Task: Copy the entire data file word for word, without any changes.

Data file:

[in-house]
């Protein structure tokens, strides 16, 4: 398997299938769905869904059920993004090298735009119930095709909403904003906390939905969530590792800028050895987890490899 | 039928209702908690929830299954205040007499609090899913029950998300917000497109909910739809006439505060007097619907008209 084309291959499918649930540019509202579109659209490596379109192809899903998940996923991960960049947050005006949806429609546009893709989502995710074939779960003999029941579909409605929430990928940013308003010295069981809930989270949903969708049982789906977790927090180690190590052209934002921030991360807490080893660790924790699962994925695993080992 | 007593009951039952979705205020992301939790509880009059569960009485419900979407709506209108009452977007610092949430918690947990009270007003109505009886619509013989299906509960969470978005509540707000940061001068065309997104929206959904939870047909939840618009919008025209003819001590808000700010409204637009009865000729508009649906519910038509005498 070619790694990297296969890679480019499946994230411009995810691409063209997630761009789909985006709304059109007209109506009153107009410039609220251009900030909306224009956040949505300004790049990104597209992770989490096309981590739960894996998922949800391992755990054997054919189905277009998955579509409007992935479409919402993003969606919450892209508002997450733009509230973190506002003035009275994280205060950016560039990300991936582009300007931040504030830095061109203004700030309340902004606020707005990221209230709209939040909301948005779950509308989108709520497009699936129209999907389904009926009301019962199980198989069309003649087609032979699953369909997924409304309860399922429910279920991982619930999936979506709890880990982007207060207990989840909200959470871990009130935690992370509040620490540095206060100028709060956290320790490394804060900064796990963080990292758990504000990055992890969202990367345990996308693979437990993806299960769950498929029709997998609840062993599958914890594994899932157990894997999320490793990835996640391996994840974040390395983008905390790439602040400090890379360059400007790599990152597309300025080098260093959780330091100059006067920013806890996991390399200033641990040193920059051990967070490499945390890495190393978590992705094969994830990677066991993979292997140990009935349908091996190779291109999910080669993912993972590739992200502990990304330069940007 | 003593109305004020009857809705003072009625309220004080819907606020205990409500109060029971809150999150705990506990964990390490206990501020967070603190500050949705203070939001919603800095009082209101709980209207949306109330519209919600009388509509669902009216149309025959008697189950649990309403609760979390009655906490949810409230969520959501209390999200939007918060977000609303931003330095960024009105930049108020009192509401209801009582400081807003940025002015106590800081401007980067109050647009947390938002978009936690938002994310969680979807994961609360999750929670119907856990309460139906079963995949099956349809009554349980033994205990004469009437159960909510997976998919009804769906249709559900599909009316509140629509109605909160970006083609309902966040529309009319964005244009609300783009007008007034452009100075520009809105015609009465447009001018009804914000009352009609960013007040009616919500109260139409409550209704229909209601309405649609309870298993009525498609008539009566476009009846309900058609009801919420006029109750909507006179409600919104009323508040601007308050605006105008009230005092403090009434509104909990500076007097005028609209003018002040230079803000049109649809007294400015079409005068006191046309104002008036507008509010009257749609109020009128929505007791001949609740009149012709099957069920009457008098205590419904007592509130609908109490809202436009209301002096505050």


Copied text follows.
[in-house]
């Protein structure tokens, strides 16, 4: 398997299938769905869904059920993004090298735009119930095709909403904003906390939905969530590792800028050895987890490899 | 039928209702908690929830299954205040007499609090899913029950998300917000497109909910739809006439505060007097619907008209 084309291959499918649930540019509202579109659209490596379109192809899903998940996923991960960049947050005006949806429609546009893709989502995710074939779960003999029941579909409605929430990928940013308003010295069981809930989270949903969708049982789906977790927090180690190590052209934002921030991360807490080893660790924790699962994925695993080992 | 007593009951039952979705205020992301939790509880009059569960009485419900979407709506209108009452977007610092949430918690947990009270007003109505009886619509013989299906509960969470978005509540707000940061001068065309997104929206959904939870047909939840618009919008025209003819001590808000700010409204637009009865000729508009649906519910038509005498 070619790694990297296969890679480019499946994230411009995810691409063209997630761009789909985006709304059109007209109506009153107009410039609220251009900030909306224009956040949505300004790049990104597209992770989490096309981590739960894996998922949800391992755990054997054919189905277009998955579509409007992935479409919402993003969606919450892209508002997450733009509230973190506002003035009275994280205060950016560039990300991936582009300007931040504030830095061109203004700030309340902004606020707005990221209230709209939040909301948005779950509308989108709520497009699936129209999907389904009926009301019962199980198989069309003649087609032979699953369909997924409304309860399922429910279920991982619930999936979506709890880990982007207060207990989840909200959470871990009130935690992370509040620490540095206060100028709060956290320790490394804060900064796990963080990292758990504000990055992890969202990367345990996308693979437990993806299960769950498929029709997998609840062993599958914890594994899932157990894997999320490793990835996640391996994840974040390395983008905390790439602040400090890379360059400007790599990152597309300025080098260093959780330091100059006067920013806890996991390399200033641990040193920059051990967070490499945390890495190393978590992705094969994830990677066991993979292997140990009935349908091996190779291109999910080669993912993972590739992200502990990304330069940007 | 003593109305004020009857809705003072009625309220004080819907606020205990409500109060029971809150999150705990506990964990390490206990501020967070603190500050949705203070939001919603800095009082209101709980209207949306109330519209919600009388509509669902009216149309025959008697189950649990309403609760979390009655906490949810409230969520959501209390999200939007918060977000609303931003330095960024009105930049108020009192509401209801009582400081807003940025002015106590800081401007980067109050647009947390938002978009936690938002994310969680979807994961609360999750929670119907856990309460139906079963995949099956349809009554349980033994205990004469009437159960909510997976998919009804769906249709559900599909009316509140629509109605909160970006083609309902966040529309009319964005244009609300783009007008007034452009100075520009809105015609009465447009001018009804914000009352009609960013007040009616919500109260139409409550209704229909209601309405649609309870298993009525498609008539009566476009009846309900058609009801919420006029109750909507006179409600919104009323508040601007308050605006105008009230005092403090009434509104909990500076007097005028609209003018002040230079803000049109649809007294400015079409005068006191046309104002008036507008509010009257749609109020009128929505007791001949609740009149012709099957069920009457008098205590419904007592509130609908109490809202436009209301002096505050």